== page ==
Nikka Costa--the wild-haired, funk/soul-singing white girl (and daughter of the late producer/Frank Sinatra arranger Don Costa) who can work a mike stand like a baton-twirler--won my heart with the amazing, unpredictable Everybody Got Their Something in 2001. I spoke with Costa a couple days ago, but never got around to asking her about something I'm fairly certain she's fed the hell up with by now: being compared to Janis Joplin.
Google Costa and Joplin's names together and you'll find page after page of the go-to comparison. Certainly her ferocious vocals--not to mention her flair for revisiting the innate soulfulness of blacker R&B artists of yesteryear--has made many a music writer feel the need to call her the next Janis and be done with it.
I wanted to ask if she's ready for even more comparisons to Joplin now that her latest album is called Pebble to a Pearl, which was released this week. Is the title a snarky nod to Joplin's posthumous 1971 album Pearl? Is this her way of saying she's nowhere in the same musical vicinity as Joplin, and people should just accept her as her own performer?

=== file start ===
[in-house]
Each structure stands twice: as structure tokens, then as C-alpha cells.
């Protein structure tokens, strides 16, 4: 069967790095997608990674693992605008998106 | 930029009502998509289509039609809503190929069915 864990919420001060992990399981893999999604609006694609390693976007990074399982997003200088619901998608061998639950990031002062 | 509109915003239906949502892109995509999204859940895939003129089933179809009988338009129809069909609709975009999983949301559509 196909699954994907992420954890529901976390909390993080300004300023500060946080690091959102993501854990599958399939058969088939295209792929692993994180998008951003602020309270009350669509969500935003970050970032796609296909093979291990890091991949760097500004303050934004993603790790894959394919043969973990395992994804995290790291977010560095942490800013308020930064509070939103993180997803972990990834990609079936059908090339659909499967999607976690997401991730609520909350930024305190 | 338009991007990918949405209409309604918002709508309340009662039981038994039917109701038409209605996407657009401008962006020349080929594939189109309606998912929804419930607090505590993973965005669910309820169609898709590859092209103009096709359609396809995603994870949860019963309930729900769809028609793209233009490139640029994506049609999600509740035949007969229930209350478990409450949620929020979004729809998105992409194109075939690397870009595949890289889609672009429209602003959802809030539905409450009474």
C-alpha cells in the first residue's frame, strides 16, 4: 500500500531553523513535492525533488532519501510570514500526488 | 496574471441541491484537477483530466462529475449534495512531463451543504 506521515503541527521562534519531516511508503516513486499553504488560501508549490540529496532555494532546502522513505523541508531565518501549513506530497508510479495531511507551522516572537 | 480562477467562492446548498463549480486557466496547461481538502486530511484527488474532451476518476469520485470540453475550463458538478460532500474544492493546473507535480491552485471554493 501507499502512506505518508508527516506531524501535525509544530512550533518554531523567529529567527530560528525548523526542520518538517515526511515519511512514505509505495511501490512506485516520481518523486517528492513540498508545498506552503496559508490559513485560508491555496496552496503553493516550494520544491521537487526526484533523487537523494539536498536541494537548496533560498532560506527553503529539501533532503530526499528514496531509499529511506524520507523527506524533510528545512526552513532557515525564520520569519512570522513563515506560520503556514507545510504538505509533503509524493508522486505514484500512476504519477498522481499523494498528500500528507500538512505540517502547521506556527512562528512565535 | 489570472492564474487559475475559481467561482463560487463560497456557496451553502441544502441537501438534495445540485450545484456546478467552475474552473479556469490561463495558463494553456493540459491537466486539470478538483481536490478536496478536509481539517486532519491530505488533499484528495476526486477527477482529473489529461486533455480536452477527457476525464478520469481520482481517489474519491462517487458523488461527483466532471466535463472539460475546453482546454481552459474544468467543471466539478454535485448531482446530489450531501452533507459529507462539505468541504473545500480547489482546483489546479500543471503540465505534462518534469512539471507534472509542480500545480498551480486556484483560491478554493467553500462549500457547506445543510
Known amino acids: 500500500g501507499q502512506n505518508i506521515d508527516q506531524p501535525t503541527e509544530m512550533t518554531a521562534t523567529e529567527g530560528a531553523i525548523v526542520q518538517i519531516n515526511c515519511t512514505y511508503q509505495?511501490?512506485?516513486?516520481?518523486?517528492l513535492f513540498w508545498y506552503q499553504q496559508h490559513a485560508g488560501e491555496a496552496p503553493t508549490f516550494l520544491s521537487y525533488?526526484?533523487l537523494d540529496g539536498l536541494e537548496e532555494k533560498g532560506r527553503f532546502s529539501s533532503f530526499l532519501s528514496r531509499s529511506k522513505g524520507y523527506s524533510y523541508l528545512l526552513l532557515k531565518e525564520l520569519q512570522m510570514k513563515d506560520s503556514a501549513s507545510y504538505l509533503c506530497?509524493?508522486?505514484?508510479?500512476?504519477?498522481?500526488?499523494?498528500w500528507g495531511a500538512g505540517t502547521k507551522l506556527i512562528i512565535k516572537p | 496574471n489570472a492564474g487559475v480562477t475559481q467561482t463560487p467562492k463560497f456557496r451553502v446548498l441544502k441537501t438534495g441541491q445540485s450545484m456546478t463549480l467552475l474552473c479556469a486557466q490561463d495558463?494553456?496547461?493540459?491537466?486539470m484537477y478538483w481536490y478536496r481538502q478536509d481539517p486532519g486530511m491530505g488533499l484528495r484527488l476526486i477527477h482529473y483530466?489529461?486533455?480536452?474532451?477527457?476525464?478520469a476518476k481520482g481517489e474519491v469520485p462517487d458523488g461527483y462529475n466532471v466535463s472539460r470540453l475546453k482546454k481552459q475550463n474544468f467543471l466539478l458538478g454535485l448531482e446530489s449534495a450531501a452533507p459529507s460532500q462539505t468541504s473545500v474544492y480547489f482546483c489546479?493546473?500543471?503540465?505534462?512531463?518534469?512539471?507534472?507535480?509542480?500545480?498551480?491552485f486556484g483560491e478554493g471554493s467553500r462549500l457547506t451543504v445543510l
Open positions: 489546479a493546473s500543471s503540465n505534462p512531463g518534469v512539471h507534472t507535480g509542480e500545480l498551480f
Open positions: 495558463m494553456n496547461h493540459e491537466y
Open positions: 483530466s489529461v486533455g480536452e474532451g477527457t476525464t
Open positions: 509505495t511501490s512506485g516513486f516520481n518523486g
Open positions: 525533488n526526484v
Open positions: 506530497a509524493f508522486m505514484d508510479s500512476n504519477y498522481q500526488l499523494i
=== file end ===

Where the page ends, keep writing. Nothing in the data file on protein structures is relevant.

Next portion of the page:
Shit. I should've opened with that. I'm slipping.
While Costa didn't bring up Joplin as an inspiration for her music, she did classify herself as a Stevie Wonder freak. In fact, if you listen to some of the songs on Pebble, you'll sense that she's mimicking the psychedelic-funk sound he laid throughout his early-'70s classic period. And Costa isn't afraid to cop to that.
"I'm a huge Stevie Wonder head," says the thirtysomething Costa on the phone from her L.A. home base. "I knew I wanted to tap into the records where he was still on Motown, but he had just taken control of his own production and stuff like that."
Control seems to be a priority for Costa these days, along with freedom. These were two things she didn't have at Virgin, the label that released Something and her 2005 follow-up can'tneverdidnothin'. Indeed, Costa isn't hesitant to bring up the disgust she felt as an artist there.
"I just really wanted to get away from Virgin," she says. "I didn't think they were a healthy company, and I had four presidents while I was there. And I don't know if you know anything about the changing of hands in a record label. It's laborious. And every time I would finish a record, I'd get a new president, and they'd tell me to make a new record. So it was very frustrating creatively, in a lot of different ways."
After asking to be released from Virgin, Costa went back to square one, coming up with more songs and even starting her own record label Go Funk Yourself with her husband producer Justin Stanley. And what was the first item on the agenda for their new venture? Making an album, of course.